Ok here we go again
There were loads of mistakes I made in the last one mainly due to me trying to scale a Hobie Tiger.
So I have gone for balance with the existing hulls and refined a few improvements along the way.
Cut some new ones and took them for vacforming, result was that I had two different sections
Plug No1. for a central rudder
Plug No2. for multiple rudders (back up if No1. does not work)
Vac’d shapes were cut out and sanded to give flat areas for decking
Next, I Ca’d a Post Office rubber Band to the edge of the box to form a seal for the hatch.
I will still put the RX in a baloon (Belt and Braces)
I will use electrical tape on the front edge so as to form a hinge for the hatch
So the next thing to do was to CA the sildey-inny-outy thing to the hatch.
Next I placed a bit of my best scrap wood against the sander until the shape was right for a very tight fit into the inner square tube.
Cut and sanded this allowed me to fit the gudgeon to the tube with glue and a screw.
The whole assembly is then inserted into the aft end of the larger tube and secured with a screw eye through to hold the whole thing in place and doubles as a fair lead for the main sheet.
Rudder and keel
Tradboat had very kindly sent me a photo of a Dart 16.
Now this was interesting as I spotted that that it had no keel.
So I thought that had to be worthy of experimentation.
I also wanted to see if I could further reduce the weight and try to get down to an all up weight of 200g
So looking round the work shop I spotted a pair of asymmetrical wood helicopter blades that I had been using on Prop-a-Footy (gone back to R&D)
I cut the blade in half and reshaped the topand stripping the outer plastic coating off.
Using some 2mm titanium wire I formed a U shaped pintle and drilled out the leading edge for the wire to be a very snug fit.
It was soon evident that there was a certain element of binding and so I opened the hole up to 3mm and inserted a teflon tube and CA’d it in situe trimming off the excess once dry. No more binding
Now I turned my attention to the rudder horn.
Made from an offcut of aluminium section, I drilled and fashioned it to accept an adjustable nipple that has an allen key grub screw arrangement.
To allow it to swivel left and right, I did not do it up tight and then secured the washer and nut with CA to stop it getting loose.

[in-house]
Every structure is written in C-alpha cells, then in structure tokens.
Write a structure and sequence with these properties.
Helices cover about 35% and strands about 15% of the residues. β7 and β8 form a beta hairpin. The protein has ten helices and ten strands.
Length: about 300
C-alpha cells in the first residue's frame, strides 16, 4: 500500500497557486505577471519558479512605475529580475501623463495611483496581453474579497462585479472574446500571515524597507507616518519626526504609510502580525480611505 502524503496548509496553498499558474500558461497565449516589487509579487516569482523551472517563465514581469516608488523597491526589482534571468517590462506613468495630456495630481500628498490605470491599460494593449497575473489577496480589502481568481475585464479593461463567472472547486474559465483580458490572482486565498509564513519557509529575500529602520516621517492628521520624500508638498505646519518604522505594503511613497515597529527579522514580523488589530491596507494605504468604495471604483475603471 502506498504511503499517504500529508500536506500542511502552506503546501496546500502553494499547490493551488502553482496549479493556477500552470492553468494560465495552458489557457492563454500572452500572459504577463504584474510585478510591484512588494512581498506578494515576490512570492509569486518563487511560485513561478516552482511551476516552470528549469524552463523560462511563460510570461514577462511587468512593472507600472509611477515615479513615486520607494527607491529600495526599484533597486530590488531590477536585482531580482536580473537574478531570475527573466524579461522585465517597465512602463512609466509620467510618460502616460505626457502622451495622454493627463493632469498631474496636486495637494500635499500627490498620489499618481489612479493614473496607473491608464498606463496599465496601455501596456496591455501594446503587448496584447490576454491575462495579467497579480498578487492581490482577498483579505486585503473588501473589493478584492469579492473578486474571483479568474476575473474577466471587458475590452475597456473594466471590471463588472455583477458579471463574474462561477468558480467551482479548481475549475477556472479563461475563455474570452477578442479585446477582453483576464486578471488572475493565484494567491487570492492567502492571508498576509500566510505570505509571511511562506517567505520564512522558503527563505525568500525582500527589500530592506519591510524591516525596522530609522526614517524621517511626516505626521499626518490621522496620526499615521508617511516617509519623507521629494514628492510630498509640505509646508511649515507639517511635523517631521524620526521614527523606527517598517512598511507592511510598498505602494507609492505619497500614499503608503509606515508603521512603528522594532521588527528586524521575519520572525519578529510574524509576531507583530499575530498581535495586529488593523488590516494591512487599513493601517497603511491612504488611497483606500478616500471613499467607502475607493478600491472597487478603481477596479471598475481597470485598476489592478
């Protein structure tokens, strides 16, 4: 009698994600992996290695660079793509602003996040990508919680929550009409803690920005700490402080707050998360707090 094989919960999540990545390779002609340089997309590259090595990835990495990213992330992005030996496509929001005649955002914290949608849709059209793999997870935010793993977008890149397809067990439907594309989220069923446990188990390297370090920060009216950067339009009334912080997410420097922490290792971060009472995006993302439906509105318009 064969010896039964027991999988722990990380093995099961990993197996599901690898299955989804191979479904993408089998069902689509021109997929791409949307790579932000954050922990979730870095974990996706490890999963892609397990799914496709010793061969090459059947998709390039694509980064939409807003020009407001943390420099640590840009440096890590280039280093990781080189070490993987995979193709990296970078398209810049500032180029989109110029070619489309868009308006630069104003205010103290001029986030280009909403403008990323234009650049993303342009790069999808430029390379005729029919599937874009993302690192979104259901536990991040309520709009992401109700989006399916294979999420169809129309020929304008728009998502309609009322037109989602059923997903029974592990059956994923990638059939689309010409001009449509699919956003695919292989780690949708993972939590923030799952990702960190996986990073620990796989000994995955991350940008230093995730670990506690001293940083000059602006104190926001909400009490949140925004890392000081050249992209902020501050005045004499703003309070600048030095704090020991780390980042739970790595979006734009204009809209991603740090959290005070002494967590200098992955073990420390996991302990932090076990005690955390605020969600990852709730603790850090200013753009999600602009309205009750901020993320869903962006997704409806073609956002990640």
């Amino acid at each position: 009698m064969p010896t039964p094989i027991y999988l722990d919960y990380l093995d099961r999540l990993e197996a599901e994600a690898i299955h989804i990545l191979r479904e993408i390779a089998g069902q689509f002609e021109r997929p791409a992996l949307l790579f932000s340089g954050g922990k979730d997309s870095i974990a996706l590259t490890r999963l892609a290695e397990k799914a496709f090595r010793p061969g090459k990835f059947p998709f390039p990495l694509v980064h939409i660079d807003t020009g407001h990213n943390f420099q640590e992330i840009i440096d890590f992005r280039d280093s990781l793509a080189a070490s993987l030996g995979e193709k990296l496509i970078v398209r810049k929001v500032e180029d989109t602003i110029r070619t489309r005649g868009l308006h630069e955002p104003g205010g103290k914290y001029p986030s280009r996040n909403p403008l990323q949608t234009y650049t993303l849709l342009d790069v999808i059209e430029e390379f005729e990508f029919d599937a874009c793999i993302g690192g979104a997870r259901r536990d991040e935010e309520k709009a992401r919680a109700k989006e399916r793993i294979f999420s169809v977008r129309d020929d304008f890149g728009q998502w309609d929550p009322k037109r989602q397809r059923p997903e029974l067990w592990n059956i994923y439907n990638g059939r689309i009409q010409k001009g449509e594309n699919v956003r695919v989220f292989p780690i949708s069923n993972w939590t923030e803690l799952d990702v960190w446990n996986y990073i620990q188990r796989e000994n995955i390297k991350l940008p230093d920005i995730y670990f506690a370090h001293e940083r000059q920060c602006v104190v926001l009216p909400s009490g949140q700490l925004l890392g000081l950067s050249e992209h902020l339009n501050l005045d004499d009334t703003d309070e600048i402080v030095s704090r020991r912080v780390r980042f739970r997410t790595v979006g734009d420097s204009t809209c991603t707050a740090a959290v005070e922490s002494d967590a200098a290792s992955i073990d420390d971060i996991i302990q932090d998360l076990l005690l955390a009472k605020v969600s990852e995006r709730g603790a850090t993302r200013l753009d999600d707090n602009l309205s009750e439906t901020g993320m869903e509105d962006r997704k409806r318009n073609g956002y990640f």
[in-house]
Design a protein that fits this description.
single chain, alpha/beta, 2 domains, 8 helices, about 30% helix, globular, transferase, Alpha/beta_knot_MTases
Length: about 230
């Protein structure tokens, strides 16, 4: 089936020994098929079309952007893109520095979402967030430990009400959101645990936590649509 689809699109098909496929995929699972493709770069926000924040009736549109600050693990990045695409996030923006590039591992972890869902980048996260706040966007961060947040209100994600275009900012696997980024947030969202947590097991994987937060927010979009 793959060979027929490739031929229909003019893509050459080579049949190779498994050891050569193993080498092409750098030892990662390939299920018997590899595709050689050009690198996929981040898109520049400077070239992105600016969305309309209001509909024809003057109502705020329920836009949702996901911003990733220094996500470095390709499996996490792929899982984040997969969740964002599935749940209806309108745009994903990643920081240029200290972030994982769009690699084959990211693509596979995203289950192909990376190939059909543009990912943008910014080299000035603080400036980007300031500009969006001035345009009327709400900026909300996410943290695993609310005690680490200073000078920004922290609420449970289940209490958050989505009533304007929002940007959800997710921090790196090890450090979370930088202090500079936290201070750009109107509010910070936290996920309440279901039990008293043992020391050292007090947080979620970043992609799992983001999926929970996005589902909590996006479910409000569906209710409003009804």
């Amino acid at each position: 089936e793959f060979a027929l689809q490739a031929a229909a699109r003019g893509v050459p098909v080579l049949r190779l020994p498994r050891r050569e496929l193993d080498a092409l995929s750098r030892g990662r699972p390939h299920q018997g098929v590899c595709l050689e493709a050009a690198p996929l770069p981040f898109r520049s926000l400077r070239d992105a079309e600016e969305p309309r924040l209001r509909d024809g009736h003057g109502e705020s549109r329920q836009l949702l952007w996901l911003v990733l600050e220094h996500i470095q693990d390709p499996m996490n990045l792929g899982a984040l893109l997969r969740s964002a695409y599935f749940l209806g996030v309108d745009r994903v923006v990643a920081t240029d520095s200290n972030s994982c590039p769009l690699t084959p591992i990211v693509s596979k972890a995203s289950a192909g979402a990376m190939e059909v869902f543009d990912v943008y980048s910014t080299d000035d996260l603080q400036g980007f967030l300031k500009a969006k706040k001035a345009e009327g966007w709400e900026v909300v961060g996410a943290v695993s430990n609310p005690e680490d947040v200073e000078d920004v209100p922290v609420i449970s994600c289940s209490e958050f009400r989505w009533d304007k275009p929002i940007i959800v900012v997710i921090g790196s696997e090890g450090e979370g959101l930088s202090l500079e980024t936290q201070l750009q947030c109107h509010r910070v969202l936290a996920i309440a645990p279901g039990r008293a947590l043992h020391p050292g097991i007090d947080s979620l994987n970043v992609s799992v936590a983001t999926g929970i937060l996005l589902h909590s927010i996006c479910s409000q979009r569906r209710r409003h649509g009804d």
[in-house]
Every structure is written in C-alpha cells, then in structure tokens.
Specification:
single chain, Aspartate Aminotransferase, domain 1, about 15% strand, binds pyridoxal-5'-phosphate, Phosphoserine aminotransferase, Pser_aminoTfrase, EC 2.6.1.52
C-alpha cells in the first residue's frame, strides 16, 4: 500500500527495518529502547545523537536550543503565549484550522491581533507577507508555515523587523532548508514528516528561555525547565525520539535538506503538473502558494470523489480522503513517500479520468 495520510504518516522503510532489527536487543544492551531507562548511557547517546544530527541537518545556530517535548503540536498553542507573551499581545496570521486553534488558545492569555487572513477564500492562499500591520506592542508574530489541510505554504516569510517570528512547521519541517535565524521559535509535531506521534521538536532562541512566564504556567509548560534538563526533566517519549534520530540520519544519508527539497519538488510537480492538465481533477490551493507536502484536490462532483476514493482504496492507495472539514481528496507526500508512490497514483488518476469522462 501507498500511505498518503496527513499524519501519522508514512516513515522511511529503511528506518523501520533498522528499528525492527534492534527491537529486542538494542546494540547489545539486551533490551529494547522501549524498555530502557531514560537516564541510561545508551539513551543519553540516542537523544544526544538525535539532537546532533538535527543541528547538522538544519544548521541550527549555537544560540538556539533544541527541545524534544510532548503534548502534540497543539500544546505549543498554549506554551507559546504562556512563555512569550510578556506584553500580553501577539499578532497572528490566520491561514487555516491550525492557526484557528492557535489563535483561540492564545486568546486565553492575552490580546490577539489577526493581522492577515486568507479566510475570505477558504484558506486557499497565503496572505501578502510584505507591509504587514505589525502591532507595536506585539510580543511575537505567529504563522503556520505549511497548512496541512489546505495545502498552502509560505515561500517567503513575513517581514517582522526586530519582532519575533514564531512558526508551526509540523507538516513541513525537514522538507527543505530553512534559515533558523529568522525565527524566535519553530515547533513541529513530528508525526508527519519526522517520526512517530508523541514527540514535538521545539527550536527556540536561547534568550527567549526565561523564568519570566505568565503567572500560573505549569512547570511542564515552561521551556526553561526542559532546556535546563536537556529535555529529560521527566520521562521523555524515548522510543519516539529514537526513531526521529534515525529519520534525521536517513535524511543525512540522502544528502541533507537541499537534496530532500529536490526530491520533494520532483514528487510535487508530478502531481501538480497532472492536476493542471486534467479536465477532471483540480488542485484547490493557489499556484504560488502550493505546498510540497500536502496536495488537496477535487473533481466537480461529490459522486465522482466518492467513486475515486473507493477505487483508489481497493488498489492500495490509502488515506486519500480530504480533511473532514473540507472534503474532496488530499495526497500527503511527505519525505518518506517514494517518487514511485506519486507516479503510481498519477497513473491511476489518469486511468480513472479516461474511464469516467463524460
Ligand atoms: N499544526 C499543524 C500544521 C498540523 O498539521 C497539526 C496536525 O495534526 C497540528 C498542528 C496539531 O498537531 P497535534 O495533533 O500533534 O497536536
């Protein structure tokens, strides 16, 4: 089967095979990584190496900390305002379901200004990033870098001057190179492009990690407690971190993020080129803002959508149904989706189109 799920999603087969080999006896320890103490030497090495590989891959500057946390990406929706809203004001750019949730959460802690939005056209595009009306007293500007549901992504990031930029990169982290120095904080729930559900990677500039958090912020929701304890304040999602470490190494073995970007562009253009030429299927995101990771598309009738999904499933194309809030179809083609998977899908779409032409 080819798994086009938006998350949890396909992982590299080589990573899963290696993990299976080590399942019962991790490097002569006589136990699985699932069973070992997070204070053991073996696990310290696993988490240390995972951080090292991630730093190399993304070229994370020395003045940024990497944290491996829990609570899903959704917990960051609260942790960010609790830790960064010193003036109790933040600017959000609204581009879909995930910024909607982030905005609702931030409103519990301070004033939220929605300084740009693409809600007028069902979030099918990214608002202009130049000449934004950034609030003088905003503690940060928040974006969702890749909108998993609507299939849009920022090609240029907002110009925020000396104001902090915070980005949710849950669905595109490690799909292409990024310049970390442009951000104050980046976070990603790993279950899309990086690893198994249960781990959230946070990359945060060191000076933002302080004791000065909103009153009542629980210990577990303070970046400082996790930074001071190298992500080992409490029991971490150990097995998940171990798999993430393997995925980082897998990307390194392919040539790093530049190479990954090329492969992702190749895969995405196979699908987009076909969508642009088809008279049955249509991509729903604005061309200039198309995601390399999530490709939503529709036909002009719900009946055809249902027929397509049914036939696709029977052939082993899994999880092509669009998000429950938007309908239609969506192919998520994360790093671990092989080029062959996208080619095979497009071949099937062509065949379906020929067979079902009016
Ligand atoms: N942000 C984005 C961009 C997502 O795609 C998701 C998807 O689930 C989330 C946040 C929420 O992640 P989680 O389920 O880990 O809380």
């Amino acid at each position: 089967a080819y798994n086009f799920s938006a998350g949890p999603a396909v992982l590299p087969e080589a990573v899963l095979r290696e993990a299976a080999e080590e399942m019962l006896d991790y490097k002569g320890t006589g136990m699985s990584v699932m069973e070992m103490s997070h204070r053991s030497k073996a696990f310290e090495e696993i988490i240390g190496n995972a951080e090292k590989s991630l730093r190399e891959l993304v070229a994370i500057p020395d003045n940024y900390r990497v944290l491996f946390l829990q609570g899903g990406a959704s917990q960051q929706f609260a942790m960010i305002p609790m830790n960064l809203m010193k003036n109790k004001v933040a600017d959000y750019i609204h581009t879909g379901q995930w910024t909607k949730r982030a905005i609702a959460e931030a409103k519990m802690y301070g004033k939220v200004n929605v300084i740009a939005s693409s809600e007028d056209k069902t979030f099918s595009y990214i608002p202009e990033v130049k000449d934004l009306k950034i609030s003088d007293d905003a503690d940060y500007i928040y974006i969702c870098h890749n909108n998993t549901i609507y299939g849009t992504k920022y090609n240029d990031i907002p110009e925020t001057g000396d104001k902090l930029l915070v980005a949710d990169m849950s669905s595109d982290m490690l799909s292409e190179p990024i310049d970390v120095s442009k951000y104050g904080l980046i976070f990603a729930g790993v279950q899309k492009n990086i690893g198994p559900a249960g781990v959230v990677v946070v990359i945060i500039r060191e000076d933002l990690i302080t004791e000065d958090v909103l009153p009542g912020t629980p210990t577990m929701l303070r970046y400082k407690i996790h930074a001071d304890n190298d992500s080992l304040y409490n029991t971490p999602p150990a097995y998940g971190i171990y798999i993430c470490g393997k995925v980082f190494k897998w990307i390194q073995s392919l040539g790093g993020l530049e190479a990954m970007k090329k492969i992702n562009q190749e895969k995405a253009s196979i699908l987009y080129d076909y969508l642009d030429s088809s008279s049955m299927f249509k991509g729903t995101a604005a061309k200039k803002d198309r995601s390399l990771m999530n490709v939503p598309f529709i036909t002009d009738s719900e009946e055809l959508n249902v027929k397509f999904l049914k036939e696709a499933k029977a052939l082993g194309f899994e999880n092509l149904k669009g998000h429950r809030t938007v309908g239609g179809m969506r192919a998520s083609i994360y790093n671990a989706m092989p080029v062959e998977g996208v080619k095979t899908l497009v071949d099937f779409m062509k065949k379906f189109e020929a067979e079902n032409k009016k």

Hatch electronics and painting
Now it was the turn of the servols (Brissle speak)
In the previous FootyCAT the slidey-inny-outy thing had been underslung to the compartment and it would catch the water. I had one servo mounted in the hatch and another through the lid.
I had decided that it would be far safer to have everything mounted in / on the lid after all even with a vastly reduced compartment there was plenty of room.
Holes were cut and servos stuck to the underside with Zap-a-dappa
Next I turned my attention back to the rudder giving it a couple of primer coats and a coat of Royal Blue Gloss sanding between coats.
I then left this to dry in my spare vice while I got on with the hulls.
The hulls come out from vac forming one per sheet.
If I decide to go to a kit then I might consider having both hulls and the central section as one section - we will see.
Using a scrawker (hooked knife) I held the blade flat to the hull and pulled it backwards toward me a number of times to scribe the plastic and eventually release the hull. I repeated the process on the 2nd hull and then sanded both to ensure they were perfectly flat.
The shape of the bow when vac formed produces a webbing effect and needs to be trimmed off. However before I do this and to add additional strength, I apply some of my Goop to the inside and also at the corners of the transom.
Now the all important bit whats the weight? A whopping 18g
As this is still an experimental craft, I will use a flat deck.
I know that this is not ideal as it does not shed the water well and has resistance to surfacing but in the grand scheme of things that may come later.
Cutting thin strips from the scrap round the edge of the hull vac forming, I stuck them with my goop as inwales inside the hull.
This slightly increases the internal width of the hull without adding vast weight but does have the benefit of doubling the adhesion area.
Goop to the rescue again and the deck was stuck onwith a slight flange over lay.
Having left these to dry, I then did an pressure air test. I clearly did not want any water getting in and needed to find out if there were any leaks.
To do this you use your thumb and fore finger to gently squeeze the hull sides.
Detecting where any leaks are is a matter for the individual
Water and see the bubbles but then the hull is wet and you have to wait to get it dry before applying more glue.
Ear those fortunate to have good hearing should be able by holding the hull to the ear, hear where the air is escaping
Eye The eye is the most sensitive method but carries a health warning!
Some glues like CA will stick to the eye - so please do not attempt this without ensuring that the glue has completly dried - even the fumes can cause problems.
You have been warned and I take no responsibility for your actions.
These can be cured by brushing some Contacta to the edge and allowing capillary action to take place.
Once dry re-test and once satisfied the flange can be cut of in the same method used for releasing the hull described previously.
Clearly this was something that I got wrong last time, so I was determined not to muck it up again.
I filled a basin with water and using masking tape I secured the central section to the two hulls and floated her to see where the water line was
Masking tape on the deck allowed me to mark my progress and on the side to check how the CLR was moving in conparison to the changes.